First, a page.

Monday, September 15, 2014

100 Book Project: Book #74: Like Karate Kid, But No Karate. Loved It.

The Way of the Peaceful Warrior: A Book that Changes Lives 
(1980, revised 2000) by Dan Millman

I love this book the same way I love other books about love, peace and spirit like THE ALCHEMIST, ILLUSIONS, HECTOR AND THE SEARCH FOR HAPPINESS and THE SHACK, and I'm genuinely annoyed at all of you who HAVE read this book for not telling me about it sooner.

It's set in California, late 1960s, where a Karate-kid like gymnast befriends a wisdom giving nonogenarian gas attendant  named Socrates.

The book follows the narrator's wisdom path of letting go of illusions ("Realizing is not the same as knowing") and seeing the unconquered mind as a source of great pain and suffering.

Socrates: "When you can't stop thinking of that math problem or phone number, or when troubling thoughts and memories march through your head its not your brain working but your mind wandering. Then the mind controls you... You have an angry thought bubble up and you become angry. It is the same with your emotions. They're your knee-jerk responses to thoughts you can't control. Your thoughts are like wild monkeys stung by a scorpion." 

 The narrator,  Dan,  responds, "Socrates, I think....." to which Socrates reprimands him "You think too much!"  I love it! Yes!!

 The narrator learns how much of the stuff in his mind is junk, and as he filters it out he finds himself wanting to learn more, returning to the gas station after midnight where Socrates tells him stories and gives him tasks. pushes him, coaches him, gives him riddles to solve and a super strict vegetarian diet, then finally leaves him to find his own way.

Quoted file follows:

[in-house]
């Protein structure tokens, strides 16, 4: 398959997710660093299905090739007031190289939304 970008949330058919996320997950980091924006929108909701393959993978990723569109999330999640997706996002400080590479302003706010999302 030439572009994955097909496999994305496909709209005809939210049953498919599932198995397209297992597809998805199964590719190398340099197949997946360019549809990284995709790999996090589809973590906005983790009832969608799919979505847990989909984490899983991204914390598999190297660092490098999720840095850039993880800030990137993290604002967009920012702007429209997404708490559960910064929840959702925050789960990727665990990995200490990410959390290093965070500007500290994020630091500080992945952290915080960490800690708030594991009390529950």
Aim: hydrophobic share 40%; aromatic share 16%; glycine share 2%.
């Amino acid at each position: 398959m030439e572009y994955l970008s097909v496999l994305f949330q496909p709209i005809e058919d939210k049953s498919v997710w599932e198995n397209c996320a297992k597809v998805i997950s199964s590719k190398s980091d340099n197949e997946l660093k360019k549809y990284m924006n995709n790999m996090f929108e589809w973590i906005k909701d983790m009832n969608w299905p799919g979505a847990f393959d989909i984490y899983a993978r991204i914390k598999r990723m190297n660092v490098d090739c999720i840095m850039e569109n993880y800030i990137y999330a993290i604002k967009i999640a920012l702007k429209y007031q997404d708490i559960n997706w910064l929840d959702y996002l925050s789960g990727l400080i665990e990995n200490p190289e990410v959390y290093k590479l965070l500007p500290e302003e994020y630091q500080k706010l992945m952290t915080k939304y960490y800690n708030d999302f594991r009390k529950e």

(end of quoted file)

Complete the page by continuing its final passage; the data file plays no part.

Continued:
Think of Karate Kid, with no Karate. Got it?

 The last advice Socrates gives to Dan before he sets off for awhile is to "just keep your attention in the present, Dan. This is freedom from suffering, from fear, from mind. When thoughts touch present, they dissolve....."

Love it. I'm going to print and frame that. quote.

The narrator takes us through adversity, recovery, a marriage and outer success which all fall apart because he still hasn't found the core question of who he is and why he is here and what lessons he needed to learn.

Later, after a mutual friend dies, Socrates shows up in Dan's life again (OK, there is a magic card involved that I'm cropping out of this review, but trust me it's cool)  and Dan asks harder, simpler more fundamental questions than he'd ever asked.

Dan: How did you jump to the roof?
Socrates "There are no well-defined edges of reality, Dan. The earth isn't solid. It is made of molecules and atoms, tiny universes filled with space. It is a place of mystery, light, and magic if you only open your eyes."

Wow. Yes. Right. Damn, that's good. Printing that quote, too.

Dan: What is love? Help me understand.
Socrates: "Love is not something to be understood; it can only be lived."

Yes. True. Wow. Deep and shallow at the same time, so Zen! I'm going to print that out and frame that and probably sell it on t-shirts. Seriously.

Dan finally asks when and how he is going to finally become a warrior  and Socrates tells him (right before leaving him forever, like Yoda)  "A warrior is not something you become. It is something you either are, in this moment, or you are not.  The Way creates the warrior."

With that, Dan finally surrenders to the absolute moment and changes his life, awakened to live in the moment he remembers this:
Enlightenment is not an attainment, Dan; it is a Realization. And when you wake up, everything changes and nothing changes. If a blind man realizes that he can see, has the world changed?
This book is now one of my favorites and I would definitely recommend it, except the parts on eating vegetables. I'm not THAT enlightened.